WTO, FAO, and WHO Focus on Trade: The exchange of goods and services is a key focus for CODEX, and the related organizations because, with a secure supply chain, there is more incentive for more people to make more and safer food products. The combined result is better, lower-cost food and the ability to raise people from subsistence farming to earn a better living by creating and selling value-added products.
“The use of international food standards worldwide helps reduce trade costs by making trade more transparent and efficient, allowing food to move more smoothly between markets. Trade is inextricably linked to food security, nutrition and food safety. Trade affects a wide number of economic and social variables, including market structures, the productivity and composition of agricultural output, the variety, quality and safety of food products, and the composition of diets.”
WTO and Food Fraud: Trade and Food Standards Report (2017): In this 2017 WTO report, food fraud is classified in the report under “new types of challenges.”
There is an awareness that the rapid advance in the precision and dissemination of testing technology could lead to more fraud being detected or, in other cases, countries with less testing capacity being at an export trade disadvantage. “Increased trade, especially in value-added commodities together with fluctuations in production creates opportunities for food fraud, another longstanding challenge for regulators.”
The 2017 report focuses on whole genome sequencing (WGS), and food fraud prevention focuses on the detection. There is a frequent emphasis, such as “Key benefits of electronic SPS certificates include enhanced authenticity and integrity and the reduction of opportunities for fraud, which result in improved food security and safety.”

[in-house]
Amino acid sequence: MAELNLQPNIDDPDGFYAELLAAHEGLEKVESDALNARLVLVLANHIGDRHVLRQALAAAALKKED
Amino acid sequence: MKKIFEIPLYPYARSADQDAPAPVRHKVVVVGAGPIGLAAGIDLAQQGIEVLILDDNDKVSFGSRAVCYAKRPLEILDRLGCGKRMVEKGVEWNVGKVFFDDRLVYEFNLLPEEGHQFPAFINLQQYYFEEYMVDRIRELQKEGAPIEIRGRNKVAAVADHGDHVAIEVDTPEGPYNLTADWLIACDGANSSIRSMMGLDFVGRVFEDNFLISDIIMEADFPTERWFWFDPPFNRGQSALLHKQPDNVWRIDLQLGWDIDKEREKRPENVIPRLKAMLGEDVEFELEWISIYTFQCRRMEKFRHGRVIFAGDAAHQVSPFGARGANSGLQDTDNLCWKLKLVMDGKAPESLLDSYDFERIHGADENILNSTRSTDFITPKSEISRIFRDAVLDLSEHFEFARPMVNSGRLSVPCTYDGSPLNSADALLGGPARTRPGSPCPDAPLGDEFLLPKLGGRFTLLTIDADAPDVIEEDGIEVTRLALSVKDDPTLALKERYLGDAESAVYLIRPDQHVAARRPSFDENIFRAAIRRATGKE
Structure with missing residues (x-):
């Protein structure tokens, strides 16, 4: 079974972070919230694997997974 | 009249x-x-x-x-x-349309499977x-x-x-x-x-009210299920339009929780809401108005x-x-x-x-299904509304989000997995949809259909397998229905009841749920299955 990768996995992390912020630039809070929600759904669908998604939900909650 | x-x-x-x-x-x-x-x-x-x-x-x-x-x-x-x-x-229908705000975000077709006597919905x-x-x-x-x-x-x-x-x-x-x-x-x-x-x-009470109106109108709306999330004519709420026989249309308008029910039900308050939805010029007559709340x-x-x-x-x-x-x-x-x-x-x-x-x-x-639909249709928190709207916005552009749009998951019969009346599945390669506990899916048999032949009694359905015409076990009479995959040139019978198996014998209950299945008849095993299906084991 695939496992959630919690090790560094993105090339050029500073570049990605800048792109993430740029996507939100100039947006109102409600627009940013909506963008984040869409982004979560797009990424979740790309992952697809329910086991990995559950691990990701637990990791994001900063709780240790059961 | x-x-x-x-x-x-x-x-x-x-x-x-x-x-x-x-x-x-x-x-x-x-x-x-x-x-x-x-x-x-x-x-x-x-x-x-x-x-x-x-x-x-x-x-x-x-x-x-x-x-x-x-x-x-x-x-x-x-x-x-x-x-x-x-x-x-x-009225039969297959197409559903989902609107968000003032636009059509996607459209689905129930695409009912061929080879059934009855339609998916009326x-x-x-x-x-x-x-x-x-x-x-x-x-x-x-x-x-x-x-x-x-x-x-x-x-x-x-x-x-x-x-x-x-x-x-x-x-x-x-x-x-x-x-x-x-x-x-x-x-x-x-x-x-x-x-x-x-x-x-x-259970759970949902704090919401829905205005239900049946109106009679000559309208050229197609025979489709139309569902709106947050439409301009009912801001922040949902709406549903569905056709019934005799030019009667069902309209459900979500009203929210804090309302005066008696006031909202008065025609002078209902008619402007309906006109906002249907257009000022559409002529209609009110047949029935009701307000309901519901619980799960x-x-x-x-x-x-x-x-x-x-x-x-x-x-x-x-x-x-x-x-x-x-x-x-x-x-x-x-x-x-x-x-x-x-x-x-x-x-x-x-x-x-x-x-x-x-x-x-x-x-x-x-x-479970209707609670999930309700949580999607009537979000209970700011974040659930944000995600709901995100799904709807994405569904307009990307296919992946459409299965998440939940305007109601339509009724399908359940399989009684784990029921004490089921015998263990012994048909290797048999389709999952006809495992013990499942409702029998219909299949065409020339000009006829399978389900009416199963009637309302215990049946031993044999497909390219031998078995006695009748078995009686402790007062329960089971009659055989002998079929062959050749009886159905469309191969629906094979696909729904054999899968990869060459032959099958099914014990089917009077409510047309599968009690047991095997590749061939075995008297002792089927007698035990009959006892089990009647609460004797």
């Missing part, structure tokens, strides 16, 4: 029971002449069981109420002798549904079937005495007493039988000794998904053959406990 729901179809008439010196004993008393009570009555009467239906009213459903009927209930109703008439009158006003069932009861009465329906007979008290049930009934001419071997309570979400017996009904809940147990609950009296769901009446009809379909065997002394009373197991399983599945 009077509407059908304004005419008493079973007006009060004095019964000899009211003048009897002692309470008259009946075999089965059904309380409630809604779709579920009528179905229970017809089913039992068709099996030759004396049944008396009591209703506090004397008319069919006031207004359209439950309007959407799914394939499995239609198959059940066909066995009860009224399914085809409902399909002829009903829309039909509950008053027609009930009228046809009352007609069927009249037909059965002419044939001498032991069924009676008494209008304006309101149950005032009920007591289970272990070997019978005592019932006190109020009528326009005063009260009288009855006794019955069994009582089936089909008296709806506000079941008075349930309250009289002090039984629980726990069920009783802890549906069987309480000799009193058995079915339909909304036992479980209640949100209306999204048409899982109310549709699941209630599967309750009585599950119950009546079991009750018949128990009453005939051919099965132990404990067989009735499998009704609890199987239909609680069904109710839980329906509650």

It is significant that food fraud was a key topic and that there was a separate section introducing the concept. Now there is a clear and concise WTO definition of the term, and by including this mention, food fraud is defined as a critical WTO topic.
Section: Food Fraud
“Food fraud is the deliberate substitution, addition, adulteration or misrepresentation of food or food ingredients for economic gain. Food fraud can be a threat to food safety or negatively impact the nutrition status of already vulnerable populations. At the core is a violation of the authenticity of food and the assumption that food labels convey truthful and accurate information.
When food fraud occurs, all downstream stakeholders in the supply chain immediately lose all trust in the authenticity of the food and trade can be frozen almost instantly. To rebuild trust and, in turn, resume trade, the authenticity of products in the market must be verified and demonstrated, which can be a long and expensive process. Food fraud always causes immense financial losses, as most consumers simply switch immediately to other products or categories and often never return.
Strong standards for authenticity that are regularly enforced throughout the entire value chain help prevent the occurrence of such events. In addition, a number of tools to assess the vulnerability of supply chains and organizations to food fraud have been developed by various organizations. However, discussions at the international level on the suitability of these tools are still under way, and it remains to be fully determined which mechanisms to prevent fraud and mitigate its impact will be most effective for global trade and value chains.”
- Food fraud continues to be recognized as a critical international concept. There is ongoing support for harmonizing terms and sharing best practices.
- Food fraud seems to be past the “hype cycle” peak of a lot of talks, (e.g., “what is the problem”)and now shifting to the implementation of prevention programs (e.g., “how to deal with it”).
- Now is a critical time to support the global activities to establish the foundation and then move to capacity- and capability-building – that is, to continue to move towards the same goal and then to increase the number and expertise of people who are working on the topic.